3 Points to Remember Before Trading the RBNZ’s Decision

Tomorrow at 9:00 pm GMT the Reserve Bank of New Zealand (RBNZ) will print its monetary policy decision for the month of November.

Will the central bank go for three and implement its third interest rate cut this year? Here are four things you need to remember:

The last policy decision was in September

After cutting rates to a record low of 2.00% in August, RBNZ Governor Graeme Wheeler and his team have taken a breather and kept their rates steady in September.

NZD's 1-hour Forex Charts during the RBNZ's September Decision

NZD’s 1-hour Forex Charts during the RBNZ’s September Decision

It’s not that the RBNZ was less worried about the economy. In fact, the central bank noted that “a decline in the exchange rate is needed” as it puts pressure on the trading sector. In addition, its outlook for long-term inflation remained subdued, as persistent risks to headline inflation (e.g. lower fuel prices) causing regular downward revisions for the RBNZ’s expectations.

Overall, the RBNZ’s tone supported speculations that another rate cut is on the table.

RBNZ may have painted itself into a corner

With New Zealand’s GDP coming in better-than-expected; Q3 2016 inflation report surprising to the upside; global inflation seeing green shoots; dairy and other commodity prices recovering from their 2016 lows, and the housing market still unstable, some analysts believe that the need for the RBNZ to cut its rates further have diminished.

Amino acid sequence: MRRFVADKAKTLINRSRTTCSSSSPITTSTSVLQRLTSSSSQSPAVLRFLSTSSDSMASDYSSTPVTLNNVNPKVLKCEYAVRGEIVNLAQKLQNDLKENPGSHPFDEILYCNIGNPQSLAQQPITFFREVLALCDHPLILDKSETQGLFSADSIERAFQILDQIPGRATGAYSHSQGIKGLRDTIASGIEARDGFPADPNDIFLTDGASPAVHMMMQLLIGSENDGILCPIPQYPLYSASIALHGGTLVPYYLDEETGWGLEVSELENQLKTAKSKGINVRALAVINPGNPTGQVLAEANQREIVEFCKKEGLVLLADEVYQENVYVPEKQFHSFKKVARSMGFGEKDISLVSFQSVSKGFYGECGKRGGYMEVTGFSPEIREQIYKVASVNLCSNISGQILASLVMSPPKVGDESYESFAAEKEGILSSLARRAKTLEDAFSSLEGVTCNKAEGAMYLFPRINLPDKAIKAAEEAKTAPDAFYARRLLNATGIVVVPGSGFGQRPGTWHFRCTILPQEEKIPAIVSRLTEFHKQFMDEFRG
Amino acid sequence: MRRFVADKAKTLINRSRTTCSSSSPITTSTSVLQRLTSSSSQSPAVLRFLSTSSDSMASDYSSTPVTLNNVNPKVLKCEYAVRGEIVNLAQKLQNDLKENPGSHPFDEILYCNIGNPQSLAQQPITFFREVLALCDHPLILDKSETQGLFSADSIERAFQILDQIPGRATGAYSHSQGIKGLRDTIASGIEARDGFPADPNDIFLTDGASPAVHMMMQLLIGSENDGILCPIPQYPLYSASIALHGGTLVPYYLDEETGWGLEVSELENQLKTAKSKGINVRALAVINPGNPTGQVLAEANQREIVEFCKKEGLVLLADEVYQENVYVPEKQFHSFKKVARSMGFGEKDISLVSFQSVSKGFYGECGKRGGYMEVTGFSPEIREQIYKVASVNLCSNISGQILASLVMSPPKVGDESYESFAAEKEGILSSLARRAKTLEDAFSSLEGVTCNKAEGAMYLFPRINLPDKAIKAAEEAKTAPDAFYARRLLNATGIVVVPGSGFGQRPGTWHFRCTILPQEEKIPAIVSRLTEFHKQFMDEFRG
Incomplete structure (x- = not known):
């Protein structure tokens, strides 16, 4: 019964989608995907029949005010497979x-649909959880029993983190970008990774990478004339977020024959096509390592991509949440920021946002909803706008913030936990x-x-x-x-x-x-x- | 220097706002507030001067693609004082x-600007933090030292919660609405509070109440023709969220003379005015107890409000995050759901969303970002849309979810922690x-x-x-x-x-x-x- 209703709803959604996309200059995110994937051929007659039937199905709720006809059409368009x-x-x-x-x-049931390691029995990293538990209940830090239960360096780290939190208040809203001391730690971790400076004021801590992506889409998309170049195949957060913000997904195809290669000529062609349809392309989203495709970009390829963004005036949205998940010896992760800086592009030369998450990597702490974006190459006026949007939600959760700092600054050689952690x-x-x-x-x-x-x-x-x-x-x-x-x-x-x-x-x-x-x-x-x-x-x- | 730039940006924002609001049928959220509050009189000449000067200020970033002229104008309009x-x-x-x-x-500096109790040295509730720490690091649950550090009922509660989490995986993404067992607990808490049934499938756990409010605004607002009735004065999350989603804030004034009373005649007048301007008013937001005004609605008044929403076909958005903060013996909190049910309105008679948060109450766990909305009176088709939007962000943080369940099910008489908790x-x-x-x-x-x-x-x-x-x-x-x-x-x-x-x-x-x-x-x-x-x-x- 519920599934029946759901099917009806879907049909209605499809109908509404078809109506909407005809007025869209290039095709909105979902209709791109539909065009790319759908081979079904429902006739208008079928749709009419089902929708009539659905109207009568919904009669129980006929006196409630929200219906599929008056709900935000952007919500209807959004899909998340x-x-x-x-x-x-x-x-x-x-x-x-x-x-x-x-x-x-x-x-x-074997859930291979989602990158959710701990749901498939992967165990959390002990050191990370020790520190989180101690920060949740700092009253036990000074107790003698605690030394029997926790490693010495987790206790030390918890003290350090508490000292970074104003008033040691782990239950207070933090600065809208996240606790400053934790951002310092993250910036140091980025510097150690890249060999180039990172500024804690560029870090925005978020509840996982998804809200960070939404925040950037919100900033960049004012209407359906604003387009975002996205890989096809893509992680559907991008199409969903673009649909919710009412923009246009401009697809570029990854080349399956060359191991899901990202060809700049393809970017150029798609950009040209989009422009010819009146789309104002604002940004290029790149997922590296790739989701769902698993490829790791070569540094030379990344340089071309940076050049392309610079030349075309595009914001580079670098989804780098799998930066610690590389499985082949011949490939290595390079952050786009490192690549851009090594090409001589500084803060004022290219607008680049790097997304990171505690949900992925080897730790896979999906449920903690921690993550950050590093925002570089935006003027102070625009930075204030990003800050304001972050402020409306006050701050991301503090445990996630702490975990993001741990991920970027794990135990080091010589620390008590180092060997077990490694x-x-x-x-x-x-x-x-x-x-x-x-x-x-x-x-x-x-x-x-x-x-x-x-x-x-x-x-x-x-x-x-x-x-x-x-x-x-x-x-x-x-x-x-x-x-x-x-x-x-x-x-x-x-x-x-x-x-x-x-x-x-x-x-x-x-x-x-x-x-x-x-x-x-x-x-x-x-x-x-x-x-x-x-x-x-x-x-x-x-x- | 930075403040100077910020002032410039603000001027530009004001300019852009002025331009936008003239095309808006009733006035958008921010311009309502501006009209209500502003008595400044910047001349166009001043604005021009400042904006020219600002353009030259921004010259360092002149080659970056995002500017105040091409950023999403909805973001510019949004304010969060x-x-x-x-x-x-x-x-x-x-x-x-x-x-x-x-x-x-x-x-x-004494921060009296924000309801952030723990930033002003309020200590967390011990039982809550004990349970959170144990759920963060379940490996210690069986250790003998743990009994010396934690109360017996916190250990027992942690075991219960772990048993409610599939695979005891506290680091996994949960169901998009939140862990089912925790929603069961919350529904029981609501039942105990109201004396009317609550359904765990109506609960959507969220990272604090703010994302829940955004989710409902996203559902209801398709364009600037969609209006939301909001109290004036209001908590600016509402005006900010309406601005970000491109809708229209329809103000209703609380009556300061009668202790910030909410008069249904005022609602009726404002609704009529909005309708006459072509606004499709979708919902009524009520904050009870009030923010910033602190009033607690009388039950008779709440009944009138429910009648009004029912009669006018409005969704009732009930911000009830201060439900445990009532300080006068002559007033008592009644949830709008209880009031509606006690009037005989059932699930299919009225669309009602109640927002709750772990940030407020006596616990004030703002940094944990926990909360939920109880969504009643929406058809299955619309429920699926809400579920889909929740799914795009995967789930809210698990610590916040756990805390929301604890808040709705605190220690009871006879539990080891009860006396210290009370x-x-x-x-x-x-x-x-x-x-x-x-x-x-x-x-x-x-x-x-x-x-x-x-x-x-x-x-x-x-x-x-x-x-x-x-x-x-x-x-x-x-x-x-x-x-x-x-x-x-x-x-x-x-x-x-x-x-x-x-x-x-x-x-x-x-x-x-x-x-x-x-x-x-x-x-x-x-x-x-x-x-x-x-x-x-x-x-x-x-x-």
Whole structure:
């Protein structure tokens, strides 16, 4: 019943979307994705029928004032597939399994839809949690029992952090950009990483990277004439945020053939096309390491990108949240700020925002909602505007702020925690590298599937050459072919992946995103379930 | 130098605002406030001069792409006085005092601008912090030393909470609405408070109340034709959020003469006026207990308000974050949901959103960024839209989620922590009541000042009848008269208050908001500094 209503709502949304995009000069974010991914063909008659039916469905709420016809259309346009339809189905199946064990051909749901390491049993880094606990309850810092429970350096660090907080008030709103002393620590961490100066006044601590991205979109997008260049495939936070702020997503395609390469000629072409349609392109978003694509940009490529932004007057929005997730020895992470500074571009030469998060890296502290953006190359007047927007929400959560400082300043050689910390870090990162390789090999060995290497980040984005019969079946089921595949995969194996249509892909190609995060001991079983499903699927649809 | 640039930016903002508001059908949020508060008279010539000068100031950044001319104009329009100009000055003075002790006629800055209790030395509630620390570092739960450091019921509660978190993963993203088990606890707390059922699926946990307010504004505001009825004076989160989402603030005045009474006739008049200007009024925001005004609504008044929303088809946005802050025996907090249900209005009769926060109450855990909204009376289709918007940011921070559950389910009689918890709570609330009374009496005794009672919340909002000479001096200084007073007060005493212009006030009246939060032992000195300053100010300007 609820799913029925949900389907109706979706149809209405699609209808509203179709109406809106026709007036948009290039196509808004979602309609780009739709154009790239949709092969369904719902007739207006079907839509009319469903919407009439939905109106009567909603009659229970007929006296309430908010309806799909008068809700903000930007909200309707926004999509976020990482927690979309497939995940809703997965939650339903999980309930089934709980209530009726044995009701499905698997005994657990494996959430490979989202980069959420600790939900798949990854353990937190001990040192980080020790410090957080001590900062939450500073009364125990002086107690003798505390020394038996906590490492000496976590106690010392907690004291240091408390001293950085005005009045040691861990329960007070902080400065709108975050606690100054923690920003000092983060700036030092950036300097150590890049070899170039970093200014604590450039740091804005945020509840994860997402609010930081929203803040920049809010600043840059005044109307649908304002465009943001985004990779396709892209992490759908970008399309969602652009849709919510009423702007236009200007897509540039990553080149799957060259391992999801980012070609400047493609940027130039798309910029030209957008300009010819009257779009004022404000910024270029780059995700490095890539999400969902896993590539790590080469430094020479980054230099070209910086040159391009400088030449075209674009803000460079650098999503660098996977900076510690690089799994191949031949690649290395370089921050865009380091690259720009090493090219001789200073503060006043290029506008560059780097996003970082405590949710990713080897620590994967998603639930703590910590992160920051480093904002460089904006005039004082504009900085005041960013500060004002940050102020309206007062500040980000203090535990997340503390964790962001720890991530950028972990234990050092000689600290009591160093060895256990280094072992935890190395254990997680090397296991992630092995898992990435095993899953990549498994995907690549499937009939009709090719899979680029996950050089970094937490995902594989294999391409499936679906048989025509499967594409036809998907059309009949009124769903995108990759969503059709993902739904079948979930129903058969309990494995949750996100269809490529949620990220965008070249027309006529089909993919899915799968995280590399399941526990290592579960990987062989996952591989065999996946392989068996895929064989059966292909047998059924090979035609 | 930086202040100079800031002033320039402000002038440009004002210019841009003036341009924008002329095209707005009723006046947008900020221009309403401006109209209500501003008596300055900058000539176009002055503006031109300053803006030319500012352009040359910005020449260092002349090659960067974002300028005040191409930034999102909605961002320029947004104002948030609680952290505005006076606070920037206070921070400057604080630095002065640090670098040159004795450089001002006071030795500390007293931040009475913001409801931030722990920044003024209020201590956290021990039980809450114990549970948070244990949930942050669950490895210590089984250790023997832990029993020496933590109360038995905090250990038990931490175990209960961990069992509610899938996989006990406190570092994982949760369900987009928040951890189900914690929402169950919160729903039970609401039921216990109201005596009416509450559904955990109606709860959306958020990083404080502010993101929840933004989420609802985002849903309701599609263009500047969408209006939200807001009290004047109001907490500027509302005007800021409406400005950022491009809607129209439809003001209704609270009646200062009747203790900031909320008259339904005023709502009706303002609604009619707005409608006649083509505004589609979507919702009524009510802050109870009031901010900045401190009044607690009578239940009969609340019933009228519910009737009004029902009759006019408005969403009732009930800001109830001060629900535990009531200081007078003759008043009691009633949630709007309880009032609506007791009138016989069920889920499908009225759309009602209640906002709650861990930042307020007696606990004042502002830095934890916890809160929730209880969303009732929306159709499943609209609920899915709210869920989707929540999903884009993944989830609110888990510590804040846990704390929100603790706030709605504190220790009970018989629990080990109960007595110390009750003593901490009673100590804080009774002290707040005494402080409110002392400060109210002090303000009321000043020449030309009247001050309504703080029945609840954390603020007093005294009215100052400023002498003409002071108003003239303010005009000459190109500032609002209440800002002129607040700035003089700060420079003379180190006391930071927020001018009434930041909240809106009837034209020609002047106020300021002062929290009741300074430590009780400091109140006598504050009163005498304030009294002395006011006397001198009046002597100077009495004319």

Unfortunately for the central bank, it has painted itself into a corner after it changed its tune from “further policy easing may be required” in June to “further policy easing will be required” in its August and September statements. Simply put, at this point, the RBNZ would NEED to cut its rates or risk boosting the Kiwi further with its sudden shift in policy bias.

So while the RBNZ will still likely to follow through on its threats to cut its rates to a record low of 1.75% this week, it’s likely that it will also soften its easing bias, recognizing economic improvements but keeping the pressure to limit the Kiwi’s gains and help keep inflation expectations afloat.

The U.S. elections could also factor in the decision

Don’t forget that the U.S., the world’s largest economy, will also choose its next President this week. After months of anticipation and if the EU referendum is any indication, we’ll likely see monster moves across ALL major currencies including the Kiwi. The RBNZ could also choose to hold their firepower depending on the potential impact of the next President’s policies. Make sure you read the 3 market tendencies around the U.S. election!


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